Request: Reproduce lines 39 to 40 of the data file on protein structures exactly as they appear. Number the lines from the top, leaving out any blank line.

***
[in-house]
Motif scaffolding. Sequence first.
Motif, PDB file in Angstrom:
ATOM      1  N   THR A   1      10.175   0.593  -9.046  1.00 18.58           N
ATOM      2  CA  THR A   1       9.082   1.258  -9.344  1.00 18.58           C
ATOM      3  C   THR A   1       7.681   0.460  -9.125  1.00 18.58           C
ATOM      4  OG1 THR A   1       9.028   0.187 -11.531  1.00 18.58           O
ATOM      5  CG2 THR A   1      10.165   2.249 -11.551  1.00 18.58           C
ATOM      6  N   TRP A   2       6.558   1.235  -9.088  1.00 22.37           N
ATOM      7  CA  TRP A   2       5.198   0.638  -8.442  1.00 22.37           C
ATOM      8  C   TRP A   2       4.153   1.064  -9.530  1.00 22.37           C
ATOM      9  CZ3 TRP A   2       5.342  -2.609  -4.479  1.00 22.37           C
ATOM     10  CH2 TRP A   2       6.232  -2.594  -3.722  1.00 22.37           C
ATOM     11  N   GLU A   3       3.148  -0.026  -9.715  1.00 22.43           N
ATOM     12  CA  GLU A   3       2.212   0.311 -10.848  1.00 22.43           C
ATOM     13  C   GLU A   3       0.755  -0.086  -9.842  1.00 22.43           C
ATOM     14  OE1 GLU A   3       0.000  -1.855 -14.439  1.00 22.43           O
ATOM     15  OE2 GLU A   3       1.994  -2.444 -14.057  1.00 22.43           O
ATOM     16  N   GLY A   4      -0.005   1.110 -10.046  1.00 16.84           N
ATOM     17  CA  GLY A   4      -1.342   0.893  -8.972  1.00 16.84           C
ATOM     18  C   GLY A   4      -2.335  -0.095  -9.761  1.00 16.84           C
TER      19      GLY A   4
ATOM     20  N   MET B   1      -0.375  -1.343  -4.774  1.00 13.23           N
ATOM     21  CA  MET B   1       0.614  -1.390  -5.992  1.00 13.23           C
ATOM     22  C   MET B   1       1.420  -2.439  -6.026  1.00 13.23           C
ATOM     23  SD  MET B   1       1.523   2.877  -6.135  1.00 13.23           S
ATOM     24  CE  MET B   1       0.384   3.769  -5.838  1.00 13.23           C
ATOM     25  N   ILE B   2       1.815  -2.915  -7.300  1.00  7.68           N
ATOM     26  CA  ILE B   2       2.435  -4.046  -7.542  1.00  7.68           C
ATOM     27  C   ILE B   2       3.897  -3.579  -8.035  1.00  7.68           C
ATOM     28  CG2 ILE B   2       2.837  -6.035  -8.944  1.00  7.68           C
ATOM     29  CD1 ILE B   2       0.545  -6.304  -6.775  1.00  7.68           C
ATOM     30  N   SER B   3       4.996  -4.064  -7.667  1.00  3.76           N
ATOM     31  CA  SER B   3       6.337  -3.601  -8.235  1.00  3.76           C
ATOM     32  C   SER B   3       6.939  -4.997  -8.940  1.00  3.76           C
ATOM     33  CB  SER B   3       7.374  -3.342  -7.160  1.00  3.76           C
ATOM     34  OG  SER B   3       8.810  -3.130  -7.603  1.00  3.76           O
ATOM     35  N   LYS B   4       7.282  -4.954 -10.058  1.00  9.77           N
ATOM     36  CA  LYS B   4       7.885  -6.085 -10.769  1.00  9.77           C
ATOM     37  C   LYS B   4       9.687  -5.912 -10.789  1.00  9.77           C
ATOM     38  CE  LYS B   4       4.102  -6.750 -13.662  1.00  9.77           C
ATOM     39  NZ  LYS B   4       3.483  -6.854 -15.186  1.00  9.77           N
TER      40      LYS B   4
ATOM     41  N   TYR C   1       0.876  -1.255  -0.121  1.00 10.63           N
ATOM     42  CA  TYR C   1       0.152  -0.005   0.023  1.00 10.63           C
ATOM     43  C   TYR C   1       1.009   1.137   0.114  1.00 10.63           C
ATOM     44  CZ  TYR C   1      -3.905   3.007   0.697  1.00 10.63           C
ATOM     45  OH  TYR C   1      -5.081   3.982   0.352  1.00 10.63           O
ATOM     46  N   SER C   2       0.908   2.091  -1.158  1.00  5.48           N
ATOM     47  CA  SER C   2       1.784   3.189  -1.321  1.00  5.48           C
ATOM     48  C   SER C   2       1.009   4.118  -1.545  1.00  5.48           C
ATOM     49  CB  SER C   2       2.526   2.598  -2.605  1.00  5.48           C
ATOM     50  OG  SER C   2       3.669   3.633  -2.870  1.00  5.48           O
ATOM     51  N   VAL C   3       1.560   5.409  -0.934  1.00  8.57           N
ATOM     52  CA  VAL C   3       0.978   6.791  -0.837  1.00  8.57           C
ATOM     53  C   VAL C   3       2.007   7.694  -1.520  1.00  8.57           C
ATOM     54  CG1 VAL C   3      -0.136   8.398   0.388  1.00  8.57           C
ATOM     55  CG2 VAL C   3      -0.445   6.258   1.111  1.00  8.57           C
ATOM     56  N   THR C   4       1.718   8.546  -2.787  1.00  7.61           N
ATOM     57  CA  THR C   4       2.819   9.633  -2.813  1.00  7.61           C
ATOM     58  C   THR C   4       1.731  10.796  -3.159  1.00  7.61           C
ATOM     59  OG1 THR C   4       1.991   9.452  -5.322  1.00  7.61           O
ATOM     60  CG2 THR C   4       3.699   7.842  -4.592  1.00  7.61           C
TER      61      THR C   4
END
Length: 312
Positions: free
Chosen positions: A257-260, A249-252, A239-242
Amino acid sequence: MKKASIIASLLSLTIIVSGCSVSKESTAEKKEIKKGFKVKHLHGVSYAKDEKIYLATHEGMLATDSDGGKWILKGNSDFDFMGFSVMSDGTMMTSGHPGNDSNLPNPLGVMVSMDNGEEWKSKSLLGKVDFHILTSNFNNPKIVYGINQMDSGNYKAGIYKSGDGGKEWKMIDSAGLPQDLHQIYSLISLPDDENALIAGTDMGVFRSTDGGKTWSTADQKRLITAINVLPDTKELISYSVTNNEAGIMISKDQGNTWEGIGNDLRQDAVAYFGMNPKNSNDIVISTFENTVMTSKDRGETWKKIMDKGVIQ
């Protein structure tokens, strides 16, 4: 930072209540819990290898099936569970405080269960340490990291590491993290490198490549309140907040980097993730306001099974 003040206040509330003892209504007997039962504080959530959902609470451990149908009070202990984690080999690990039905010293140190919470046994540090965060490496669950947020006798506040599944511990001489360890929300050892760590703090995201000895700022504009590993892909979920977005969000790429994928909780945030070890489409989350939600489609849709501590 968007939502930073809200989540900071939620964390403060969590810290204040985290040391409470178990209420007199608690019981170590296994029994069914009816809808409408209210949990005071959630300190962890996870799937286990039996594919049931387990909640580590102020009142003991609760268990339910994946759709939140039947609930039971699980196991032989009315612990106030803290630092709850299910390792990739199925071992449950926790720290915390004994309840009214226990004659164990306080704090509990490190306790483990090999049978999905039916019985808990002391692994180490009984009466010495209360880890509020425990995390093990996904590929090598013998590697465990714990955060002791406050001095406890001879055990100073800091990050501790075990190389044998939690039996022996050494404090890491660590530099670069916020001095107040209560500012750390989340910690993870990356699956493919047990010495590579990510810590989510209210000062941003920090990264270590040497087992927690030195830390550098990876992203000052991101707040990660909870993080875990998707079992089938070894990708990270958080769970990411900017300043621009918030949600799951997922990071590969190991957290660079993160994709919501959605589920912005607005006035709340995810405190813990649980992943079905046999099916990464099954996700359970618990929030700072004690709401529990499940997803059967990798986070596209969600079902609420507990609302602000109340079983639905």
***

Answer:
ATOM     36  CA  LYS B   4       7.885  -6.085 -10.769  1.00  9.77           C
ATOM     37  C   LYS B   4       9.687  -5.912 -10.789  1.00  9.77           C